Flash is an application made by Adobe that displays movies, games, or other content within a web browser. It’s an old web standard that’s slowly being phased out by HTML5 — however, many websites still use Flash plugins for videos, games, and tools. Google Chrome is a browser made by, well, Google (you know, the search engine giant), and it has nearly half of the current marketshare, including support for themes, extensions and HTML5. While Chrome scores higher on browser tests than its competitors, it does have some known issues with Flash — and here’s how to fix them.
First off, issues with Flash games and the such — those can’t be fixed. Chrome and Flash games don’t play well together, for whatever reason — even if Flash is working perfectly fine — so for those, you should definitely go to Mozilla Firefox or another browser to enjoy some flash gaming. For your normal Flash video issues — like lagging and crashing — here’s where you need to go.
First, type about:plugins in your Chrome address bar and press Enter to view what plugins you have installed and are running.
Search for Flash in the plugins list and then check if it says (2 files) in parenthesis beside it.
If it says two files, that means two different installations of Flash — one on your system and one just for the Chrome installation — are conflicting, and that’s where your problem lies.
Click the + sign next to Details and use the Location tags to determine where each installation is located.
The System installation will have something starting with C:\Windows and the Chrome installation will have something starting with C:\Users — delete the latter and restart Chrome. Videos should play much more smoothly in your Chrome browser.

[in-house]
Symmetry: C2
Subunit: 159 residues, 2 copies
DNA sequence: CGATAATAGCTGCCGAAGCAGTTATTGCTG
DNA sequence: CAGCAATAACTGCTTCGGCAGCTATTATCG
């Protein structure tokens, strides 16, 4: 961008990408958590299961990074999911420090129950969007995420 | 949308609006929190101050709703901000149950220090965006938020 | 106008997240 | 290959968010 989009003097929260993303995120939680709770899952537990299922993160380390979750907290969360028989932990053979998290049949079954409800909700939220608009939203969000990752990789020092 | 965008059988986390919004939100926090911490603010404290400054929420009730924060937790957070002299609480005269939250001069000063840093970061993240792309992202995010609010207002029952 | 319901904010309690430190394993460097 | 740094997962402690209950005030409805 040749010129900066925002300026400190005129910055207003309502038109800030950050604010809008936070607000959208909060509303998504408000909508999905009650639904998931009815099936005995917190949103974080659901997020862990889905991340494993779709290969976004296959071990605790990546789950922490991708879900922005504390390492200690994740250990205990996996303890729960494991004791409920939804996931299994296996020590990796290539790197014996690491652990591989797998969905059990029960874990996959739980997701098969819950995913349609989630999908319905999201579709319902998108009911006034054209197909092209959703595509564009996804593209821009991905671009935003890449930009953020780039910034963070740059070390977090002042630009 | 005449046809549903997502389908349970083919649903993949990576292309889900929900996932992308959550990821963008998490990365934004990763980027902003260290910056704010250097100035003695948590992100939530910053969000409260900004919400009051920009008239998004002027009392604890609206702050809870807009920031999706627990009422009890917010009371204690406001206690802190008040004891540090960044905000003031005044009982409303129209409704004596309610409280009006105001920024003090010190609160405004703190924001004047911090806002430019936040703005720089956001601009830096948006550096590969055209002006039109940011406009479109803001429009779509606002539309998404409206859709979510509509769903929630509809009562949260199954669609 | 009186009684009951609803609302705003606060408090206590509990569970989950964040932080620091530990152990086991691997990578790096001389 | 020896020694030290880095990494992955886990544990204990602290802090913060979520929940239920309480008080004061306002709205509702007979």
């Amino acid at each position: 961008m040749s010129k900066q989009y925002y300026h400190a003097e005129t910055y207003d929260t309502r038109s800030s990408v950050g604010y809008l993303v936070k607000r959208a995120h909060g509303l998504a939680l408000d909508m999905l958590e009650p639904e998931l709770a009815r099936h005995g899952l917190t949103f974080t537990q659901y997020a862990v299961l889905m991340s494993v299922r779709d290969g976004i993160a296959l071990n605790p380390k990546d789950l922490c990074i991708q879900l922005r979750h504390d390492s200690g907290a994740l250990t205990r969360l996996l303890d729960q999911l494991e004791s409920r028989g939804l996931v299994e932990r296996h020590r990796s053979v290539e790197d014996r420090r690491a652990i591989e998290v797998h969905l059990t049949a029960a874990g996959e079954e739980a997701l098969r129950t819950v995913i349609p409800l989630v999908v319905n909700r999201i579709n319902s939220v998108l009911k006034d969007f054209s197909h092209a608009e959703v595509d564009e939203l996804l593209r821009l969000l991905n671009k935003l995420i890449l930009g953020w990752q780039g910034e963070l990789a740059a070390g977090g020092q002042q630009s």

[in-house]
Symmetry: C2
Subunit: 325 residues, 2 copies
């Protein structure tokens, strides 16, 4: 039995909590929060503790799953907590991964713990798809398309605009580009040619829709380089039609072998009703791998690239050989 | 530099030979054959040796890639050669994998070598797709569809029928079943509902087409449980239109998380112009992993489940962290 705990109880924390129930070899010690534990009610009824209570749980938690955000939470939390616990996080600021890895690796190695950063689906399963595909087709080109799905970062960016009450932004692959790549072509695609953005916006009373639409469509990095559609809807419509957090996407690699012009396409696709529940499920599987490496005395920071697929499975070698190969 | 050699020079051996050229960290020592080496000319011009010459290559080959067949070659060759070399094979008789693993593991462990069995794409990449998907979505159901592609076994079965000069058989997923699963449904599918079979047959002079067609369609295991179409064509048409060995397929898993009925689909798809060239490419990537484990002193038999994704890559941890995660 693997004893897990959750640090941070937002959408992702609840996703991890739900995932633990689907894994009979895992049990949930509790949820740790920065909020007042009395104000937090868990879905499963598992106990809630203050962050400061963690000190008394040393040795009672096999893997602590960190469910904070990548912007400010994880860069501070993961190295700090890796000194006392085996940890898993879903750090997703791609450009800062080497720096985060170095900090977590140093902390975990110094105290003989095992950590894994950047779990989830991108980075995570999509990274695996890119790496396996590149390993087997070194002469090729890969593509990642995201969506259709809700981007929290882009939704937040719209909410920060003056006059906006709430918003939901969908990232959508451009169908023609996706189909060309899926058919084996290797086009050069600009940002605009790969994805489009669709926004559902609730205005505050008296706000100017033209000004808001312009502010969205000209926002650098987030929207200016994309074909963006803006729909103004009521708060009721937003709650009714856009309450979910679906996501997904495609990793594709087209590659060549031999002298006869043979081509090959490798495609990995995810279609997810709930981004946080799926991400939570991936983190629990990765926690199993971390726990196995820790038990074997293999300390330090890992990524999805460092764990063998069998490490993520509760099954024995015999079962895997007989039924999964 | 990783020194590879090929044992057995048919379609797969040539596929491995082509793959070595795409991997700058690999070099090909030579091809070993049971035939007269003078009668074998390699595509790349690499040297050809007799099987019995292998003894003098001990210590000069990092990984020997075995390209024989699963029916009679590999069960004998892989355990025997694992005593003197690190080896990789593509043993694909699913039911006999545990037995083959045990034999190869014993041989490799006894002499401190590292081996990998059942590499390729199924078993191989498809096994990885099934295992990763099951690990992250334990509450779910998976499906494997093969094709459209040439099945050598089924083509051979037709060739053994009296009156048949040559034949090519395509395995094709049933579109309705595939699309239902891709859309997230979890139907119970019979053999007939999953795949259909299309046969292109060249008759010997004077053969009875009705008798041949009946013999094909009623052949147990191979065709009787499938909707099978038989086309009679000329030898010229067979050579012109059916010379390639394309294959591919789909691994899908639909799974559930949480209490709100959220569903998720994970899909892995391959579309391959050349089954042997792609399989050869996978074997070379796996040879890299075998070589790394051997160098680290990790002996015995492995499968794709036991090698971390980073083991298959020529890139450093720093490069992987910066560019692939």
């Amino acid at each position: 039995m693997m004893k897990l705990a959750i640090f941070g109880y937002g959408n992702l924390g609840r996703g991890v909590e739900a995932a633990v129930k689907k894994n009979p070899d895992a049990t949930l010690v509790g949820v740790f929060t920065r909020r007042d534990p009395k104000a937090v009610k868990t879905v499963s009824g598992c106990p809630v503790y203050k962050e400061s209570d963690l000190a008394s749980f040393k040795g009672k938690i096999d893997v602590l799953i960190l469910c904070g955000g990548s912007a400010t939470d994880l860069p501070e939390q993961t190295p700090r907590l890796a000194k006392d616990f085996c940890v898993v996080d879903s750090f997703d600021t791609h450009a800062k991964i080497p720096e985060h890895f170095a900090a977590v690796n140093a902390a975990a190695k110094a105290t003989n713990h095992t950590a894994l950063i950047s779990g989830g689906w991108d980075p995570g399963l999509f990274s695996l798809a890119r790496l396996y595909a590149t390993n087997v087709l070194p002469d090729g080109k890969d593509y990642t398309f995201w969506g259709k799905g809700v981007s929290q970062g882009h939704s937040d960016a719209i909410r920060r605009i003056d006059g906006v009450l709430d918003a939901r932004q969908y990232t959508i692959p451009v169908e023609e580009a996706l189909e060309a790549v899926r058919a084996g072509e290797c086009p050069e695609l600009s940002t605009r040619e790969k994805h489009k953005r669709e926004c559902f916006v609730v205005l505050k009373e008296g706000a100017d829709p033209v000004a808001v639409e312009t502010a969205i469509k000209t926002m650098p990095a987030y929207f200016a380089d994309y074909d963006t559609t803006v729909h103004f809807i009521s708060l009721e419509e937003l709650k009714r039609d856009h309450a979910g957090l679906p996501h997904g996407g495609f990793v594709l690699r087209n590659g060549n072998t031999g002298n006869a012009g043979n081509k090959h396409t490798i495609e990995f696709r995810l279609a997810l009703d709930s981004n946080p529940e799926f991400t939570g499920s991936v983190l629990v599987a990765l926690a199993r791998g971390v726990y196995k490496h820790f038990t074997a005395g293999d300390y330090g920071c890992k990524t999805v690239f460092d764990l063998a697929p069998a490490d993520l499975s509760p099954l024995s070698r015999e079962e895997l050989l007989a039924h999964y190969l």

First, re-activate the Chrome plugin and turn off the operating system plugin. (The opposite of the steps above.)
If that doesn’t fix your issue, deactivate each of your extensions and start Chrome again — an easy way to go about this is to open up an incognito window with extensions disabled. To open up an incognito window, click Chrome’s Menu icon and select Open Incognito Window from the drop down box. By default, incognito starts without extensions. Go to a flash-based page and see if you have any issues. If you don’t, good job — one of your extensions is causing the problem.
To solve this, open up your list of Extensions and one by one, re-enable them while viewing how they effect your Flash performance. To open the list of extensions, open your menu once more, hover over Tools and click Extensions. When you’ve determined which one has been causing you all this trouble, delete or disable it.
Steve Horton has been working with computers for over 20 years. He's dedicated to helping people get the most out of their PCs, and likes playing cards and writing comics.
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